Home Range Estimation

To conserve the mobility of species across changing land and seascapes, we must first understand how much space is necessary to maintain stable, interconnected populations. Home range estimation allows managers and policymakers to easily visualize the habitats most commonly used by species of conservation concern.


Figure 1: GPS location data (top panel) can be used to determine both where an animal might have traveled during observation (occurrence distribution) and predict where it might go in the future (range distribution).

Home range estimation presents several quantitative challenges and is prone to statistical biases that can lead to underestimation (Fig. 1). This can have negative impacts on conservation outcomes as it may result in conservation managers underestimating how much land should be protected or overestimating the number of animals that a region can sustain.​

Smithsonian scientists have overcome these biases by first accounting for the autocorrelation present in telemetry data. Autocorrelation is a statistic that contains the signature of the animal’s unknown movement path. As a result, autocorrelation-informed methods (autocorrelated kernel density estimation; AKDE) provide more reliable predictions of where animals may travel in the future as compared to traditional methods that depend on an assumption of unrelated locations (with no movement path connecting them; Fig. 2).


GPS location data are a discrete sequence of animal locations estimated at specific times and represent a sparse approximation of the animal’s unknown movement path. However, a signature of the underlying movement path may remain in the data via its autocorrelation structure. Autocorrelation in animal tracking data is an expression of the fact that locations obtained more closely in time also tend to geographically closer. The precise relationship between distance and time contains a wealth of information regarding the animal’s movement behavior and can be leveraged to make more accurate predictions.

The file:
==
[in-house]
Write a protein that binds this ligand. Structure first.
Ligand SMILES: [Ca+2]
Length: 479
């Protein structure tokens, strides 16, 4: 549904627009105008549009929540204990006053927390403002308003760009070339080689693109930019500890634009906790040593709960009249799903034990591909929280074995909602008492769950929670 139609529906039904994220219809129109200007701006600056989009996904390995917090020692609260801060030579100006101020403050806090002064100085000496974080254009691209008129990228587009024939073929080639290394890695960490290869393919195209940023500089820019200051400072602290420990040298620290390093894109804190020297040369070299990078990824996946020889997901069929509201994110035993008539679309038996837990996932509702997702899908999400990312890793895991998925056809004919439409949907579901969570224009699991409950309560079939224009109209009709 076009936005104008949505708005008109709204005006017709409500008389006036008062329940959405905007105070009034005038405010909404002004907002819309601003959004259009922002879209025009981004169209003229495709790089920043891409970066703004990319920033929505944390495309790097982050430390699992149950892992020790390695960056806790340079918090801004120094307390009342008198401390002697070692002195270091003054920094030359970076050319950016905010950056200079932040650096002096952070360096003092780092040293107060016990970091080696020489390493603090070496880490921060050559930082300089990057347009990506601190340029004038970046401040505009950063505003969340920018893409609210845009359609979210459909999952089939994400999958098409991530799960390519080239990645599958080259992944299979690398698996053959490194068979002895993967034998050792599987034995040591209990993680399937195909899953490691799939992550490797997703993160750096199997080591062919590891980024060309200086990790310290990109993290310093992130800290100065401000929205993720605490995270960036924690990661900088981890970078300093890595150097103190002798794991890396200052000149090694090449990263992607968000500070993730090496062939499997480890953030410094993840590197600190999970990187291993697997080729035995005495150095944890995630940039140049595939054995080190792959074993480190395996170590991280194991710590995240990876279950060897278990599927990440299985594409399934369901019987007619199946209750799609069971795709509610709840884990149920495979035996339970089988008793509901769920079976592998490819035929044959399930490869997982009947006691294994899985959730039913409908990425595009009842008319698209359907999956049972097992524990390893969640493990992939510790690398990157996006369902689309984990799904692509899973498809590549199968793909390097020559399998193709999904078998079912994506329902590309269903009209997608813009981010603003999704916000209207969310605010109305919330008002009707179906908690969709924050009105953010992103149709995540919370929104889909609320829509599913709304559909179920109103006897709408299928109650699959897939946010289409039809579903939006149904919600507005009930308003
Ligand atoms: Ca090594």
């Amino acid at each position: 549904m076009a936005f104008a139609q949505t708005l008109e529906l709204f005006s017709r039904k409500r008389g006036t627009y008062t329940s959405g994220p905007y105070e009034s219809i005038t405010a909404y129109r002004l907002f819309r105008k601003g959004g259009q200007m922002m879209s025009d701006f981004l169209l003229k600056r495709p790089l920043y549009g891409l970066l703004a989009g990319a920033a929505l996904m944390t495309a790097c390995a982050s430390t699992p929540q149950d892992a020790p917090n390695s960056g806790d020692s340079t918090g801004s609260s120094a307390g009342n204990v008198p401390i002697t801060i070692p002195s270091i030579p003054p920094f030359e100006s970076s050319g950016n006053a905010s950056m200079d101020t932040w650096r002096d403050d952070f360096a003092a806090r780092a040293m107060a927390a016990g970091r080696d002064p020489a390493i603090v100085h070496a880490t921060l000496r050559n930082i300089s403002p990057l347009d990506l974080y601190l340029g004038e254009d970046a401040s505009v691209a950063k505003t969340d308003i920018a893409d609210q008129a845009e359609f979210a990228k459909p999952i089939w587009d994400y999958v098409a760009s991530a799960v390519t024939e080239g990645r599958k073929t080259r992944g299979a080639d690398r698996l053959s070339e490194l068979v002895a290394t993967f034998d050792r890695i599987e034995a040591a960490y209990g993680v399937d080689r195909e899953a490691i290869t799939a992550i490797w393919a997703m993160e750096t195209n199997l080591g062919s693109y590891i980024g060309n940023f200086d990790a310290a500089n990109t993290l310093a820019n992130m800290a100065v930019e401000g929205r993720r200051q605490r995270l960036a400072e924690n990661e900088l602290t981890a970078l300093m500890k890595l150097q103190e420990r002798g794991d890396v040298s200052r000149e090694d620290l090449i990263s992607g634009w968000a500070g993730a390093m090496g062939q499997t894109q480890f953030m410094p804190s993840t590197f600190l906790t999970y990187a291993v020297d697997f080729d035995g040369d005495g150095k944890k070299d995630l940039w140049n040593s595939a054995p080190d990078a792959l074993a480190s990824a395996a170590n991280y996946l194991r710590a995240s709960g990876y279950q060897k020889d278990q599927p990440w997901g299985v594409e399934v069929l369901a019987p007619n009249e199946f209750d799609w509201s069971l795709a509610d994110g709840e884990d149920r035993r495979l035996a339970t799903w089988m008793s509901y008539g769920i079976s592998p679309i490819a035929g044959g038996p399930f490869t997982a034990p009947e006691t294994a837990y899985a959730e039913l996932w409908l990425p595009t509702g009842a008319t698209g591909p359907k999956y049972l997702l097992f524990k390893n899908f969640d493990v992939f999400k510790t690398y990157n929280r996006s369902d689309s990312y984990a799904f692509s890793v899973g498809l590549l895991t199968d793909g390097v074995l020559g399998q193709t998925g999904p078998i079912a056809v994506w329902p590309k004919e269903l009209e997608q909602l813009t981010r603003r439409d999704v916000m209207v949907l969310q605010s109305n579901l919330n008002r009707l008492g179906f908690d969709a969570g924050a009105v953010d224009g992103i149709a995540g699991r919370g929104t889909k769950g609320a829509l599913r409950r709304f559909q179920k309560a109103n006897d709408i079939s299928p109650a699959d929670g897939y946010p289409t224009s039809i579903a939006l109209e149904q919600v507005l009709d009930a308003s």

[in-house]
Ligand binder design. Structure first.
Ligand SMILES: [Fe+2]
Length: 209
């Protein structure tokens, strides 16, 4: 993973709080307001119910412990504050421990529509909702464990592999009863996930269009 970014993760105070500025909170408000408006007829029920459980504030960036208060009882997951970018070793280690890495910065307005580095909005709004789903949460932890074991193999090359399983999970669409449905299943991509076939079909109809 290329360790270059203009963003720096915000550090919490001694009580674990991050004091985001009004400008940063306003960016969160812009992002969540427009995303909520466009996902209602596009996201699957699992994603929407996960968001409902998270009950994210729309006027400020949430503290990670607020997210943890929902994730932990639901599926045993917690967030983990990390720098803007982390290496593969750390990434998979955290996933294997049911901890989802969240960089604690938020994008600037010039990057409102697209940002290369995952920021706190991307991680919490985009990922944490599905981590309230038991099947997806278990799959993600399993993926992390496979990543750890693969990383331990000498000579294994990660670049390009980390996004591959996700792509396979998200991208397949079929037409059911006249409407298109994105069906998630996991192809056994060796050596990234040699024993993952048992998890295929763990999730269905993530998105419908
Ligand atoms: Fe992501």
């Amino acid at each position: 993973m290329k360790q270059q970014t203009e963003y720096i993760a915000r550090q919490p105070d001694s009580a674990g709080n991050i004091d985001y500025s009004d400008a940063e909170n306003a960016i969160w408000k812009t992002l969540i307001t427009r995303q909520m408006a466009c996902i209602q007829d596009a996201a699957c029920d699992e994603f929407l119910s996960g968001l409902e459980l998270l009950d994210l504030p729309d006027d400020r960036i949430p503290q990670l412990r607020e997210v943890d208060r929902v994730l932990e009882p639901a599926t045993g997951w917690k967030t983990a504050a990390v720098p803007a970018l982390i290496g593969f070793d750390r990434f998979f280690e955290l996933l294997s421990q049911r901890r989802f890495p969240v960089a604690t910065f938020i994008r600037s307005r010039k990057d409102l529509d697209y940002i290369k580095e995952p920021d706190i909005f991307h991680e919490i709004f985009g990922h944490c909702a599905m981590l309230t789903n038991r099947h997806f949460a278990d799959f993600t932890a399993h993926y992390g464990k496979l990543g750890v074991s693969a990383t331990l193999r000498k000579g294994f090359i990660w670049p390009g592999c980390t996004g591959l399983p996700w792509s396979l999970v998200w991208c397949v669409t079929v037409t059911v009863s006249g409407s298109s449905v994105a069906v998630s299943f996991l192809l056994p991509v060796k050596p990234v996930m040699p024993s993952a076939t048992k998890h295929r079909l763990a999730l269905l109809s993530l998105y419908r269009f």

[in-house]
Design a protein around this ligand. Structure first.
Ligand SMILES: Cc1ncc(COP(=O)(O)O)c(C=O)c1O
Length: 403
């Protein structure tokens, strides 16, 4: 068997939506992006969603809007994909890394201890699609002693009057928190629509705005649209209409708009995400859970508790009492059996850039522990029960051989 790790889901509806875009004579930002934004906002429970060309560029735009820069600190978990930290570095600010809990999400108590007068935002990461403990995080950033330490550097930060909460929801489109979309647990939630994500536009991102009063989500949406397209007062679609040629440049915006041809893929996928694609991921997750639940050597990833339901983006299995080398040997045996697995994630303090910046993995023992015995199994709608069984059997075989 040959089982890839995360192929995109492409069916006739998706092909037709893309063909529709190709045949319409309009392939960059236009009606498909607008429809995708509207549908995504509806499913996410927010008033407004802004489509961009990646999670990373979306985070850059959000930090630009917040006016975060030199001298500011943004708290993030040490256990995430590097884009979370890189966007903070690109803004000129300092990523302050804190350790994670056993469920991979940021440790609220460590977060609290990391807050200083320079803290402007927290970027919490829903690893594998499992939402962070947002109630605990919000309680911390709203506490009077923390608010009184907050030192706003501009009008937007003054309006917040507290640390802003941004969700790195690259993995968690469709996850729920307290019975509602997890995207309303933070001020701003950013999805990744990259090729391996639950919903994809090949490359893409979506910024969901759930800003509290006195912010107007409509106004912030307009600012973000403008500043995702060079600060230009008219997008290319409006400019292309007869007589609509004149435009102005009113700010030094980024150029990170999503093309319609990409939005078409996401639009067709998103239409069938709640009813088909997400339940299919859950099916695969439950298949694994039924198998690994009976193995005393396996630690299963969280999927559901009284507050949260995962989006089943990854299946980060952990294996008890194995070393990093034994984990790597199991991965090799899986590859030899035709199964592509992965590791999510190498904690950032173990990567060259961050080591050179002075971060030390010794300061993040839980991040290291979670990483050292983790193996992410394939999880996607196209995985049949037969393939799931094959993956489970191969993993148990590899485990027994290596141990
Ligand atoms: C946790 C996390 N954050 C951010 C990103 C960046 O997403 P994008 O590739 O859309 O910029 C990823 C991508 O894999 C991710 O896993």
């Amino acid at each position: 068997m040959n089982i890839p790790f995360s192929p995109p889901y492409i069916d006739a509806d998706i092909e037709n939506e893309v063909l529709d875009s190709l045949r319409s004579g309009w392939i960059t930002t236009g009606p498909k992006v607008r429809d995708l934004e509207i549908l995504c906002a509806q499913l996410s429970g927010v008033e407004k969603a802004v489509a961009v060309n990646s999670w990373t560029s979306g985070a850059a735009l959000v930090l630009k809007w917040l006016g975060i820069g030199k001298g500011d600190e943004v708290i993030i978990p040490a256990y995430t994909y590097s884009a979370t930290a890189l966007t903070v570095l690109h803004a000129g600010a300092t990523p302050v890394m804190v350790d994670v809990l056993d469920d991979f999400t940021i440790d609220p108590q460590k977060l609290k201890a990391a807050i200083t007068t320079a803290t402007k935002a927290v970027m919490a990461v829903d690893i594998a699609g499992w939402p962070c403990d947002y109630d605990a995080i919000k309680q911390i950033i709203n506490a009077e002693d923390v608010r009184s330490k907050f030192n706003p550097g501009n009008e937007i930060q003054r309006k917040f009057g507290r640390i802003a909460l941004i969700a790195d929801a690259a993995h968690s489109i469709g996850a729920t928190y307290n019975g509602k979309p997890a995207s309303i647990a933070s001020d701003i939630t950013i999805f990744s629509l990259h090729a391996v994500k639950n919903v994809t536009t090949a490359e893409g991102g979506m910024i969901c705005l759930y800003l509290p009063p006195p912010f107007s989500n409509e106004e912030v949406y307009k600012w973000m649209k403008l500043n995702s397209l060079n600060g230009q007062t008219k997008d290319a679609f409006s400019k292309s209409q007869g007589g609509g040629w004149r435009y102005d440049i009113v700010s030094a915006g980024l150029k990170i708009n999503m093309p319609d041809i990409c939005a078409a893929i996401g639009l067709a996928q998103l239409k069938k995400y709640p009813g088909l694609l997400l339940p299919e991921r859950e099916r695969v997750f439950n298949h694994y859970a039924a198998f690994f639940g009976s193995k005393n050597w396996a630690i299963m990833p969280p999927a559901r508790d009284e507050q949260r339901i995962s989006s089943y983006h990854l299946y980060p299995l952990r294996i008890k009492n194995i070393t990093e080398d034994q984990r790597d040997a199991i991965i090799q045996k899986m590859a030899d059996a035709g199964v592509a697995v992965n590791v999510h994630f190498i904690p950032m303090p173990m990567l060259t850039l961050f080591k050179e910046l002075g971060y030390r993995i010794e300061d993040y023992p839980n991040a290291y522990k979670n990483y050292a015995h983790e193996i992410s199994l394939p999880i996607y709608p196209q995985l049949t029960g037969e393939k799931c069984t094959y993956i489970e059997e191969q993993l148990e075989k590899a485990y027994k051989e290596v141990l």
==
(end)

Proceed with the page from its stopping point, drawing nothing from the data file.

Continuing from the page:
Figure 2: Conventional methods of estimating home-range size can result in an underestimation of home range size. In the example above, the red and orange points represent years one and two of tracking data from a black bear. Panel a shows the conventional estimate for the bear’s home range based on year one and does not account for autocorrelation. Panel b shows the autocorrelated kernel density estimate (AKDE) based on year one. When the second year of data is included (c-d), we can see that the conventional estimate fails to predict the year two data (c), while the AKDE predicts the appropriate proportion of future space use (d). (Figure taken from Noonan et al. 2019)
  1. M. J. Noonan, C. H. Fleming, M. A. Tucker, R. Kays, A. Harrison, M. C. Crofoot, B. Abrahms et al. "Effects of body size on estimation of mammalian area requirements." Conservation Biology (2020).
  2. C. H. Fleming, M. J. Noonan, E. P. Medici, J. M. Calabrese, "Overcoming the challenge of small effective sample sizes in home-range estimation", Methods in Ecology and Evolution 10:10, 1679-1689 (2019)
  3. M. J. Noonan, M. A. Tucker, C. H. Fleming, et al, "A comprehensive analysis of autocorrelation and bias in home range estimation", Ecological Monographs, 89:2, e01344 (2019)
  4. C. H. Fleming, D. Sheldon, W. F. Fagan, P. Leimgruber, T. Mueller, D. Nandintsetseg, M. J. Noonan, K. A. Olson, E. Setyawan, A. Sianipar, J. M. Calabrese, "Correcting for missing and irregular data in home-range estimation", Ecological Applications 28:4, 1003-1010 (2018)
  5. C. H. Fleming, J. M. Calabrese, "A new kernel-density estimator for accurate home-range and species-range area estimation", Methods in Ecology and Evolution 8, 571-579 (2016)
  6. C. H. Fleming, W. F. Fagan, T. Mueller, K. A. Olson, P. Leimgruber, J. M. Calabrese, "Rigorous home-range estimation with movement data: A new autocorrelated kernel-density estimator", Ecology 96:5, 1182-1188 (2015)